NBA Trades: Bulls Trade Derrick Rose to the New York Knicks

Derrick Rose

After seven seasons in Chicago, it appears Derrick Rose's run with the Bulls is up, as he gets sent to New York in a trade with the Knicks.

According to ESPN, the Bulls have traded Rose -- alongside a 2017 second-round pick -- to the Knicks, in exchange for center Robin Lopez, guard Jose Calderon and guard Jerian Grant.

A source close to Rose tells ESPN that he's very emotional about leaving his hometown team, where he's spent his entire career. However, he's happy about the big stage of New York City. "His first choice was New York," the source said. "He wants the spotlight."

Bulls chairman Jerry Reinsdorf called the trade a "hard one" to make. "Everyone knows him as the local kid who became MVP for his hometown team, but not everyone got to know him like I did," Reinsdorf said in a statement. "While he is a terrific basketball player, he is an even better person with a tremendous heart."

During his run in Chicago, who drafted him No. 1 overall in 2008, Rose developed into a superstar, earning MVP honors in 2011. However, his career was derailed during the 2012 playoffs, where he suffered a tear in his ACL, missing an entire season thereafter, and then, the next when he suffered a torn meniscus in his return.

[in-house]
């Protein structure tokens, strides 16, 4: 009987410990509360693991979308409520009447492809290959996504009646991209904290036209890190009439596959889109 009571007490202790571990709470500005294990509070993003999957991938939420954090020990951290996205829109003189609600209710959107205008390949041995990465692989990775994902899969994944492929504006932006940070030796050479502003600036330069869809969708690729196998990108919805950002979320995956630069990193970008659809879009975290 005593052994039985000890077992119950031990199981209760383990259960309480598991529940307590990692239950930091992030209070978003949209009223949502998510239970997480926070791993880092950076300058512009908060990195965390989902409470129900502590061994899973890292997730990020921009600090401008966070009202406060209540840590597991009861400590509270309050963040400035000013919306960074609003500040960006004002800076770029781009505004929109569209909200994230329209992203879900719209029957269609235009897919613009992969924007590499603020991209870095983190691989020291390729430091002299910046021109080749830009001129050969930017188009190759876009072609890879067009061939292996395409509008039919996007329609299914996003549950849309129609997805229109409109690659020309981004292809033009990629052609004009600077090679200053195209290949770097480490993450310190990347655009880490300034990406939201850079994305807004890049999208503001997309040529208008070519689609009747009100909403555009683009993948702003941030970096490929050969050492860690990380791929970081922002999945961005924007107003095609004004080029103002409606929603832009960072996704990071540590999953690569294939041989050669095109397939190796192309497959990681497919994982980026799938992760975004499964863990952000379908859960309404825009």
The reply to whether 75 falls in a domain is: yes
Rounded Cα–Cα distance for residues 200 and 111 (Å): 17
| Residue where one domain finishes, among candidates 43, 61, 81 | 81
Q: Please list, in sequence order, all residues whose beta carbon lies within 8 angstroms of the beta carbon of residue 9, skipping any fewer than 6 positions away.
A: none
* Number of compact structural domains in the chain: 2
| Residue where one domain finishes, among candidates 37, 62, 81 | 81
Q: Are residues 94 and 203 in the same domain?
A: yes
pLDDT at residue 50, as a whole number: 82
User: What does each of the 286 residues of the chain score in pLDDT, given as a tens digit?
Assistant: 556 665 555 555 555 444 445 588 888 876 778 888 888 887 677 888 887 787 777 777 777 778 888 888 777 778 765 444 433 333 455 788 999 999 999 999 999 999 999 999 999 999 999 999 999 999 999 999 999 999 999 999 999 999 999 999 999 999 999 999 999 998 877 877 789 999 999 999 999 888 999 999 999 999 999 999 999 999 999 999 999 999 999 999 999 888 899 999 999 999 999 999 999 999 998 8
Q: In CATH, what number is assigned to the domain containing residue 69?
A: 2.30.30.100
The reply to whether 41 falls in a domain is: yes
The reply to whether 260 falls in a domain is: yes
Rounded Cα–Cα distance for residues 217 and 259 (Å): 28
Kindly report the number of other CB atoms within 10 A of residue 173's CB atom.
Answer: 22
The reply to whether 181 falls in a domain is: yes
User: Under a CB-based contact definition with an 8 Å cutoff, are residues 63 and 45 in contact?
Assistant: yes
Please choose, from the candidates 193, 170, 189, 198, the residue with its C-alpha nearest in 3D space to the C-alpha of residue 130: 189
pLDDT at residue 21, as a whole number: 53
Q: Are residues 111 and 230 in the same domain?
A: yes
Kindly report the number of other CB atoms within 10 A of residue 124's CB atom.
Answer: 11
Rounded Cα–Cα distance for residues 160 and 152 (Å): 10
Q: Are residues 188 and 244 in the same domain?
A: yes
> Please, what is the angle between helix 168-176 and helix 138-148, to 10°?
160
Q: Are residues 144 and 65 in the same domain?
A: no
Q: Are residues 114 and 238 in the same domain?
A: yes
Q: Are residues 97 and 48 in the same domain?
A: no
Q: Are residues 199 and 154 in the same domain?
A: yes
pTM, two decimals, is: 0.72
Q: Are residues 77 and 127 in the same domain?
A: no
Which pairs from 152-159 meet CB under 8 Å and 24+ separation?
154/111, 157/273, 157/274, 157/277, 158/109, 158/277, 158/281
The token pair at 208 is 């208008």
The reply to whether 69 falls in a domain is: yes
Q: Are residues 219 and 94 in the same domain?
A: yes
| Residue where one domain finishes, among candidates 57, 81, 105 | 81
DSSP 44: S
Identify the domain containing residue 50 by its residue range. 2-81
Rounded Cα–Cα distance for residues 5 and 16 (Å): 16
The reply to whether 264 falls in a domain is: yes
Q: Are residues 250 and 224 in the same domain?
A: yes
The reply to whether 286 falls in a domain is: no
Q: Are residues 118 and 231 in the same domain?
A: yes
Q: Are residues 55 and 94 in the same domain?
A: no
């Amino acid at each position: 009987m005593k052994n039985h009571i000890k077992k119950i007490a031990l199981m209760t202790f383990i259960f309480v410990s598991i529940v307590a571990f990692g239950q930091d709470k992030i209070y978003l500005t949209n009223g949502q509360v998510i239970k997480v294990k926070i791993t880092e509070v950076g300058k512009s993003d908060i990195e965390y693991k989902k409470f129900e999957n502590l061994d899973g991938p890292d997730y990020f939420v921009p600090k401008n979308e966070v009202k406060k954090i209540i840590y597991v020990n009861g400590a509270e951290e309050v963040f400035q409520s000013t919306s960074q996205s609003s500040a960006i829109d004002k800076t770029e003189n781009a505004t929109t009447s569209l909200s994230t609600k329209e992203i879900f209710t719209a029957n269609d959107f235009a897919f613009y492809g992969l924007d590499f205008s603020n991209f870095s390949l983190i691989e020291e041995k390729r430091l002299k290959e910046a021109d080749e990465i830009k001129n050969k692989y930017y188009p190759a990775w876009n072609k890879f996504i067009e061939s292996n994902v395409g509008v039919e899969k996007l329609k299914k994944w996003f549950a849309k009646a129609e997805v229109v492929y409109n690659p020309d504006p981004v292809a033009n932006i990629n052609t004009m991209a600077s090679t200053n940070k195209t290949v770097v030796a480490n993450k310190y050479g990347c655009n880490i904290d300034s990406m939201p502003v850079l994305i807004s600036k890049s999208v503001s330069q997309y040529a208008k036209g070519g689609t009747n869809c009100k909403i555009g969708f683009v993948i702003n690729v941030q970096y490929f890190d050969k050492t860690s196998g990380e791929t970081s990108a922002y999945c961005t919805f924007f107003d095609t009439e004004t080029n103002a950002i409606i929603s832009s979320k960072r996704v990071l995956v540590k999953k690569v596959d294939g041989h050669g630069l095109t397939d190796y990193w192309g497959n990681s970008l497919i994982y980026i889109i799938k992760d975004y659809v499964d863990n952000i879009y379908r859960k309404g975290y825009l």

Knicks new head coach Jeff Hornacek was interested in upgrading its point guard position in the offseason... and does just that with Rose. "This is an exciting day for New York and our fans," Hornacek said in a statement. "Derrick is one of the top point guards in the NBA who is playoff-battle-tested. He adds a whole new dynamic to our roster and immediately elevates our backcourt."

Rose, 27, is owed $21.3 million in the final year of his contract, after which he'll be a free agent after the 2016-17 season.

Last season, he averaged 16.4 points on 42.7 percent shooting and 4.7 assists in 66 games.

Rose has appeared in just 50 percent of the Bulls' regular-season games over the past four years because of various injuries, including two major knee surgeries.